Detroit area Black, Latino workers lag in access to quality jobs, report says

Candice Williams
The Detroit News

Black and Latino workers in southeast Michigan, particularly those living in Detroit, have less access to the region’s fastest-growing, well-paying jobs, according to a report released Monday by Detroit Future City.

The nonprofit's report, “Growth Occupations: Opportunities for more equitable participation in Detroit’s Growing Economy,” says the reasons for this gap include the need for skills training as well as systemic racism and discrimination in hiring. Detroit Future City’s Center for Equity, Engagement and Research worked with Brookings Metro on the analysis of the American Community Survey.

According to the report, 16% of Black workers in the region are in a growth occupation compared to 26% of White workers. These jobs include 107 roles in three major fields: management, business and finance; healthcare and computers, engineering and science. Wages for these positions would be considered middle-class at a minimum of $25 per hour as of 2019.

“Across the board there are barriers and that’s what we’re really trying to communicate here, is that there are systemic barriers that are keeping some Detroiters from seeking and obtaining some of the highest growth sector jobs in the region,” said Anika Goss, CEO of Detroit Future City. “Until we can address what those barriers are and how we can actually reduce those barriers so that hiring is more inclusive, we will continue to see some of these inequities that we laid out in the report.”

The report notes that academic research has shown that when it comes to hiring practices, Black workers have more challenges receiving callbacks, interviews and job offers than their White peers.

The study found that Black and Latino workers living in Detroit are less likely to be employed in a growth occupation compared to their counterparts in the region. And at every education level, Black workers in Metro Detroit are less likely to hold a growth occupation compared to White workers. For example, 12% of Black workers with some college education were employed in a growth occupation, while 20% of White workers with some college education and 16% of White workers with only a high school diploma were employed in a growth occupation.

The disparity was also present, albeit closer, among Blacks, Latinos and Whites with a college degree or higher. The employment rate for both Blacks and Latinos was 32% compared to 37% for their White counterparts with a college degree or higher.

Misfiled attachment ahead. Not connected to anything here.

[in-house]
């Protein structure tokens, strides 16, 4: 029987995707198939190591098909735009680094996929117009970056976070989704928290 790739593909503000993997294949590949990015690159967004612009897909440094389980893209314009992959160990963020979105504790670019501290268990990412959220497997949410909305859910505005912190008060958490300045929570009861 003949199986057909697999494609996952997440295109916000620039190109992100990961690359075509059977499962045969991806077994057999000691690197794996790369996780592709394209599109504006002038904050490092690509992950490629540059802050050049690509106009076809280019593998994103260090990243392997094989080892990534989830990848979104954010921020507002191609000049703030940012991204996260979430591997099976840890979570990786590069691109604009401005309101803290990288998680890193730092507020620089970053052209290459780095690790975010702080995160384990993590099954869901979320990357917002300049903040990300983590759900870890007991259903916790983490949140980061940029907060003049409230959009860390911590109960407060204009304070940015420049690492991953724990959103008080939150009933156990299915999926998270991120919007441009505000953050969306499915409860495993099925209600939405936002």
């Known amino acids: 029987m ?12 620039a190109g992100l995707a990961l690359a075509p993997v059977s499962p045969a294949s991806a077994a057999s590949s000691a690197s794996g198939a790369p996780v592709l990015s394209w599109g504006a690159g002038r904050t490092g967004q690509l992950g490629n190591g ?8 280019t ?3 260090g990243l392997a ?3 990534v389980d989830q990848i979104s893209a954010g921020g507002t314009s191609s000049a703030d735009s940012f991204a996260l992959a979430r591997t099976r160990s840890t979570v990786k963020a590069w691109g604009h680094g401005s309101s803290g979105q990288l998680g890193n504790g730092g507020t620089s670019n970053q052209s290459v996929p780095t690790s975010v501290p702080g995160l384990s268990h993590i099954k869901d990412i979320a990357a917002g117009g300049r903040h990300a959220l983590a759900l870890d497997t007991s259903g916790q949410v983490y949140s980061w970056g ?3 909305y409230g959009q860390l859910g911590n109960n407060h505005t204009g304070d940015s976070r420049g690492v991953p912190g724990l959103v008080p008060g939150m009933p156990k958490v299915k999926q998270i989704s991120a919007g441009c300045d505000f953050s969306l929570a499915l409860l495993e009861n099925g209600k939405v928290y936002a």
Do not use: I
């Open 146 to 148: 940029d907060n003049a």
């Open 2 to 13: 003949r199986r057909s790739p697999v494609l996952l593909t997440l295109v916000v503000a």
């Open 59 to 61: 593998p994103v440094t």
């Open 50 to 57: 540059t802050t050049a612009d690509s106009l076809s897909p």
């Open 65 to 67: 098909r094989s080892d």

Jobs with the lowest employment of Black and Latino/Hispanic workers as of 2021 included software developers at 8%, nurse aestheticians at 7% and construction managers at 6%, according to the report. Employment as urban and regional planners was also at 6% and cost estimators was 4%.

Ashley Williams Clark, vice president of Detroit Future City, said one piece of the research touches on whether youth and working adults are made aware of some of these career opportunities and how to access them.

“I think there’s also a piece of this of how we want this report to be used," she said. "Are there opportunities to connect this research to our workforce development strategies for employers to think through how can they grow some talent from within? What we heard was that people don’t understand necessarily what the career pathways are or opportunities. If someone is in a lower-wage job, how can that translate into a higher-wage job in one these growth occupations? What are the supports that are in place to support them in that journey? What are some of the systemic barriers that need to be addressed in doing so?”

The report offers guidance to leaders, including policymakers and employers, to address this employment gap to impact the youth as well as adults currently employed.

Some of the suggestions outlined in the report are an increase in wraparound services, including worker access to child care; low-cost transit options, mental health support services, and evaluating hiring practices to eliminate racial discrimination.

A presentation of the Growth Occupations report can be found at

Twitter: @CWilliams_DN